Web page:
More than 10 percent of American children have been diagnosed with attention deficit hyperactivity disorder, which is a significant increase during the past 20 years, according to a new report.
Researchers from the University of Iowa recently conducted a study, published in Journal of the American Medical Association, to determine the prevalence of the condition among children in the United States over the last two decades.
To do so, they used data from the National Health Interview Survey, an annual assessment of about 35,000 households. A total of 186,457 children and adolescents aged 4 to 17 from 1997 to 2016 were included in the analysis.
After examining the data, they found a steady rise of diagnoses among kids between 1997 and 2016. From 1997 to 1998, about 6.1 percent of children had been diagnosed, while 10.2 percent had been diagnosed between 2015 and 2016.
“Our findings indicate a continuous increase in the prevalence of diagnosed ADHD among U.S. children and adolescents,” coauthor Wei Bao said in a statement.
The analysts saw an upward trend across gender, race, family and geography, but all the increases were not uniform.
As for gender, their findings showed that 14 percent of boys were diagnosed with ADHD in 2016, compared to 9 percent in 1997. On the other hand, girls saw just a 3 percent hike, from 3.1 percent diagnosed in 1997 to 6.3 percent in 2016.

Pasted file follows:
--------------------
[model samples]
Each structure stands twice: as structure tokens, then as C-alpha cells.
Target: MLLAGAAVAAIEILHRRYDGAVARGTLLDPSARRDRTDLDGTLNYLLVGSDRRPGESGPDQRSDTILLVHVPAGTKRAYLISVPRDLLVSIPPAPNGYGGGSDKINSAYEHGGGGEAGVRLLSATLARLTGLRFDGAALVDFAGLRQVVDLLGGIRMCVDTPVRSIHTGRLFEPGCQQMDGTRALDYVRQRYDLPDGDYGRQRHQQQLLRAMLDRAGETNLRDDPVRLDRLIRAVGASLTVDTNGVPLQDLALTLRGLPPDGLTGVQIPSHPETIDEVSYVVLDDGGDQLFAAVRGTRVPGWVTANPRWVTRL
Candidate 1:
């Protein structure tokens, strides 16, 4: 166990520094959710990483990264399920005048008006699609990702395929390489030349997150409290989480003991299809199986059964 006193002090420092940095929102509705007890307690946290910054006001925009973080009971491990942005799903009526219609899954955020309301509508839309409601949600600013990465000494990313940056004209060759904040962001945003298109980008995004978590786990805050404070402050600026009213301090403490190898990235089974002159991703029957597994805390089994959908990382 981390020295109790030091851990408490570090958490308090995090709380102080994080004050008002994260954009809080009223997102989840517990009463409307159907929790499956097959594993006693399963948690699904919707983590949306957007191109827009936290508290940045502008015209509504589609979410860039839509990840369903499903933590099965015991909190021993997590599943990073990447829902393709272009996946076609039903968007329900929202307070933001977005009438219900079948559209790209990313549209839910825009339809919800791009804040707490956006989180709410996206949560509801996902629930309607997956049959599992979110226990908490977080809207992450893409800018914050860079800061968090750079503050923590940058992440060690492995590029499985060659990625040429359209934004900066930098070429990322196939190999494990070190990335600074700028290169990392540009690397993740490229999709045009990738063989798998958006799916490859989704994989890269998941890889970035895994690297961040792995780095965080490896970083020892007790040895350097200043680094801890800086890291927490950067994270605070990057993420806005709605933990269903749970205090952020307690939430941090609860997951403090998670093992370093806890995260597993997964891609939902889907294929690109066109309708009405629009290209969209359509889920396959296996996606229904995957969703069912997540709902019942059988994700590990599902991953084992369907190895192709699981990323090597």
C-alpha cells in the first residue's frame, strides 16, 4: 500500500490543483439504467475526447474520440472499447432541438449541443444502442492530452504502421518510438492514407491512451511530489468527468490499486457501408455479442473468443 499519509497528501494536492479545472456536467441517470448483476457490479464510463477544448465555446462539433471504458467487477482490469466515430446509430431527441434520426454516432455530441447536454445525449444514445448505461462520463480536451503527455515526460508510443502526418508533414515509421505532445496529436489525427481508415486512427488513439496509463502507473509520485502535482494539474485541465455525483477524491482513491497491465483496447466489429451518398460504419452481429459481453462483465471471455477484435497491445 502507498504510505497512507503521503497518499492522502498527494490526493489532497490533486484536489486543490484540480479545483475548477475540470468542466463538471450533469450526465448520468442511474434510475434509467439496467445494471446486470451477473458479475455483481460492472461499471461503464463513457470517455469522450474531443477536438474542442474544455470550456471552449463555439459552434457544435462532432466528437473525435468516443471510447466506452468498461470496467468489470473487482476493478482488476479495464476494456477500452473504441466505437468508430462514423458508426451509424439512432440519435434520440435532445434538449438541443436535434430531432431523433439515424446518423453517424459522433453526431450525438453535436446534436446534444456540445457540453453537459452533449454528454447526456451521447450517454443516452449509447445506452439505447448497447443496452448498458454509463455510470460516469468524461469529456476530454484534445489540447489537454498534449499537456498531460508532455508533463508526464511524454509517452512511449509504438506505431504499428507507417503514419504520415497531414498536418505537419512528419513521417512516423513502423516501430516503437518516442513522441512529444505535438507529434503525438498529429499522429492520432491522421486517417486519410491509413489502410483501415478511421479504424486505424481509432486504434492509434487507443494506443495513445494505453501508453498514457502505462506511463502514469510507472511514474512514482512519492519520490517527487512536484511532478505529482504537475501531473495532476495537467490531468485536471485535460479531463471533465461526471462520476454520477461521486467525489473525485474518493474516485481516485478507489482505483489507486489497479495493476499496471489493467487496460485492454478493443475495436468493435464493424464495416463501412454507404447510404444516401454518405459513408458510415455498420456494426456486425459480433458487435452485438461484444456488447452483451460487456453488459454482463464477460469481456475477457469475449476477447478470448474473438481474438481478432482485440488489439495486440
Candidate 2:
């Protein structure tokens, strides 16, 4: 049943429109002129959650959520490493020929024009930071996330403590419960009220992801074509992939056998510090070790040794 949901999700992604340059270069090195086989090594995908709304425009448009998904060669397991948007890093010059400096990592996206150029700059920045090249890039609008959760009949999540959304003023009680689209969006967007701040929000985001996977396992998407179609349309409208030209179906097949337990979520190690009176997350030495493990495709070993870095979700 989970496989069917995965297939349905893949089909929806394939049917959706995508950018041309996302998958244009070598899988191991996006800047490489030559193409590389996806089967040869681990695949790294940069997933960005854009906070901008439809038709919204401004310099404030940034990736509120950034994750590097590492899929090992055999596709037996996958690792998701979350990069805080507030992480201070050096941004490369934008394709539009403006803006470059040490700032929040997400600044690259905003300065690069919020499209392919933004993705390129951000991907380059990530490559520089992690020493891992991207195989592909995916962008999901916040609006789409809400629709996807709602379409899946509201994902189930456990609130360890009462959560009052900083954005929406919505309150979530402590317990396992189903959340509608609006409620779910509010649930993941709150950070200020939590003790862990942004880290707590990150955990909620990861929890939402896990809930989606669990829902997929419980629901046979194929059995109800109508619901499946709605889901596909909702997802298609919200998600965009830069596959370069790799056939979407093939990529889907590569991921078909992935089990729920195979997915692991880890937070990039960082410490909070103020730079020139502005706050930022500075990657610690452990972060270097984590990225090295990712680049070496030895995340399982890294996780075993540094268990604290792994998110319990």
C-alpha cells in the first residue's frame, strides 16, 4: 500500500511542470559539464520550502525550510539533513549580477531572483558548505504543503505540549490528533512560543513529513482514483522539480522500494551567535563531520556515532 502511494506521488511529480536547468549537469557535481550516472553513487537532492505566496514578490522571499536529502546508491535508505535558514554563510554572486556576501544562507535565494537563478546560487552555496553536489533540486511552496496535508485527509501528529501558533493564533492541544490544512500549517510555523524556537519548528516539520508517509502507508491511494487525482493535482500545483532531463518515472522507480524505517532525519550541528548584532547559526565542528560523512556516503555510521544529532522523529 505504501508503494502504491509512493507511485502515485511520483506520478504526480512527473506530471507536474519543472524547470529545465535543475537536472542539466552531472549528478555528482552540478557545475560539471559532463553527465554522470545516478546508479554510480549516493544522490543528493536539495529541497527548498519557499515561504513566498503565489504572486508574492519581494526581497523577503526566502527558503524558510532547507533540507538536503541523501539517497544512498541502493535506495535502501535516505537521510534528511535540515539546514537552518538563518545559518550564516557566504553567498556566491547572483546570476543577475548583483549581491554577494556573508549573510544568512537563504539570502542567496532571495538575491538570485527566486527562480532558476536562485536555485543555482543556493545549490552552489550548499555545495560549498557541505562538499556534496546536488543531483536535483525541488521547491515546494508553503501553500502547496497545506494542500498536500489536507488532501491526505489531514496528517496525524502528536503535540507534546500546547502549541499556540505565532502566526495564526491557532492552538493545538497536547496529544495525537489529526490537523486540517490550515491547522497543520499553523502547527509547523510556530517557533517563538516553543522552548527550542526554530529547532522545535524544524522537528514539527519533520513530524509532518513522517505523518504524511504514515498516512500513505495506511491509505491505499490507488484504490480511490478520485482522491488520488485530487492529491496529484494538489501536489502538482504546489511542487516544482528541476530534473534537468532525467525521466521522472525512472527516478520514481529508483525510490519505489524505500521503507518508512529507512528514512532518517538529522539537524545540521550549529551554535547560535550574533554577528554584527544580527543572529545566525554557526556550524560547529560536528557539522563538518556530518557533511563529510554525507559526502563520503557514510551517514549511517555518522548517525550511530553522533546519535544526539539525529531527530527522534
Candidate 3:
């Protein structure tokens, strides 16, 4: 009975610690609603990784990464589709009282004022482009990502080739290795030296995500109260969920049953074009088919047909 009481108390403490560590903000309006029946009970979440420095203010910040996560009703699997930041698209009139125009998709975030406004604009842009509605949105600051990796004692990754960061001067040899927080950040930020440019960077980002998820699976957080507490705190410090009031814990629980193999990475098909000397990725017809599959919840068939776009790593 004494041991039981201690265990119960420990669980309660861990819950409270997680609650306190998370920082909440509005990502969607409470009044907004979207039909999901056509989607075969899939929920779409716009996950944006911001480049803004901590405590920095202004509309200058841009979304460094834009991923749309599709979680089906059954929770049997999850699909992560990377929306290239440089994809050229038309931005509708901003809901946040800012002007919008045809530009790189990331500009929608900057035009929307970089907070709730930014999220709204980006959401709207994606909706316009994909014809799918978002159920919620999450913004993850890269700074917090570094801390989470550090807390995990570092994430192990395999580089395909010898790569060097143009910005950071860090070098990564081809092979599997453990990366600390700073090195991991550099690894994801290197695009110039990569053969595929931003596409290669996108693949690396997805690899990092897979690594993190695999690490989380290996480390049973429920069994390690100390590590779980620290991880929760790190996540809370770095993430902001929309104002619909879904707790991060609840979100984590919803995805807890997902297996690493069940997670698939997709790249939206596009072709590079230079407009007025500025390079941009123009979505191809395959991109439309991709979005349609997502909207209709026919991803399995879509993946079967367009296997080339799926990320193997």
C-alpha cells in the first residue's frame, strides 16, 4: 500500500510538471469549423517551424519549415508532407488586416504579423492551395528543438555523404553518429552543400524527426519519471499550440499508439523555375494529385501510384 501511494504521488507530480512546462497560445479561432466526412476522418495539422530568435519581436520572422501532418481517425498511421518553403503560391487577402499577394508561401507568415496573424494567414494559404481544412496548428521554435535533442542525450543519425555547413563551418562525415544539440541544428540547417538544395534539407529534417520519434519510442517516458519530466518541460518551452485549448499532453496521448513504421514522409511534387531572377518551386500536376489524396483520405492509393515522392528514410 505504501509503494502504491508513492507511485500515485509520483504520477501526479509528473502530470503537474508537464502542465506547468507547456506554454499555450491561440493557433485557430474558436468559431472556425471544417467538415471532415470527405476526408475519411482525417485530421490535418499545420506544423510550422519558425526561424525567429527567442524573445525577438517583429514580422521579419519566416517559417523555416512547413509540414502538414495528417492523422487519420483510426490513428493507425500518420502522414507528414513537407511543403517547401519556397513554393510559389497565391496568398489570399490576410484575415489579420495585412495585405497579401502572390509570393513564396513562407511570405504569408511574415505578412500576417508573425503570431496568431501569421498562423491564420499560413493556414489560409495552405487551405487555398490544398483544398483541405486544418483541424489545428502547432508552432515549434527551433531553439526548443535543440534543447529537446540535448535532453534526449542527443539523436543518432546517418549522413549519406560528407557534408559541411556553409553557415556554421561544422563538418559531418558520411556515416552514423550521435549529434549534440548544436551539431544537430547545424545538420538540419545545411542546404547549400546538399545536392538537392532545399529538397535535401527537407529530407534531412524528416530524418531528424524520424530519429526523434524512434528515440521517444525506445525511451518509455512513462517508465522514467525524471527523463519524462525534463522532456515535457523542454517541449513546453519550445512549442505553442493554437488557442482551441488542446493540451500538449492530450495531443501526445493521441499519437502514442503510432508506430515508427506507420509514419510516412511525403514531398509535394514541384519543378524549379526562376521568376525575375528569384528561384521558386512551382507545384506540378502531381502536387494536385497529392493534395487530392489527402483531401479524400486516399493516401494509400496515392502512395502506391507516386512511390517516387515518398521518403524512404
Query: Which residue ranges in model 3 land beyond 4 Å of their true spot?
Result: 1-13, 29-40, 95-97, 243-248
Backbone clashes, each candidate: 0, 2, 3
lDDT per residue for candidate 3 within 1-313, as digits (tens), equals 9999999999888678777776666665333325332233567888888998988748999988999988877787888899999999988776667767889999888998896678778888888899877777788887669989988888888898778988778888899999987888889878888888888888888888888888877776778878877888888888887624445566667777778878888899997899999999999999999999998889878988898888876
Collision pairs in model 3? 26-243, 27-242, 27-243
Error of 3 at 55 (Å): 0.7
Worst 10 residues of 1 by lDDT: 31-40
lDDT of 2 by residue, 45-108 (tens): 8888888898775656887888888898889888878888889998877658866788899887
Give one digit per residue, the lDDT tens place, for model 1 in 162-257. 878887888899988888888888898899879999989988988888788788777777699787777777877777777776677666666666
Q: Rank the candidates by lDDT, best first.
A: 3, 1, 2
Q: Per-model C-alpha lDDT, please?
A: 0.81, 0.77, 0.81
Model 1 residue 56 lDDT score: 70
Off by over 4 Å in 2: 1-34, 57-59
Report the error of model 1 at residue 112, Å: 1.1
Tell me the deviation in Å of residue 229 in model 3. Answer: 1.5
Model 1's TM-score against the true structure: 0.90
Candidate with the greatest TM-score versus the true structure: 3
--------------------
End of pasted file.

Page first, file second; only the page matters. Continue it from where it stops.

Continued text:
Across racial lines, African-American children had the biggest surge. More than 12 percent of African-American kids were diagnosed with ADHD in 2016, up from 4.7 percent in 1997. White children had the second biggest, from 7.2 percent in 1997 to 12 percent in 2016. Hispanic children diagnosed with ADHD jumped from 3.6 percent to 6.1 percent within the same time span.
The numbers varied by geography, too. The researchers said children in the Western region were less likely to be diagnosed with ADHD, compared to those in the Northeast, Midwest or South. Diagnoses in the Western region only saw a 2 percent boost from 5 percent in 1997 to 7 percent in 2016, while the other regions all exceeded 10 percent in 2016.
While the authors did not explore the cause of the uptick, they hypothesized that more awareness of ADHD and a diminished social stigma for ADHD could all be factors. They noted previous studies, which said environmental, prenatal and perinatal risk factors could also be components.
Want to learn more about the results? Take a look here.
Support real journalism. Support local journalism. Subscribe to The Atlanta Journal-Constitution today. See offers.
Your subscription to the Atlanta Journal-Constitution funds in-depth reporting and investigations that keep you informed. Thank you for supporting real journalism.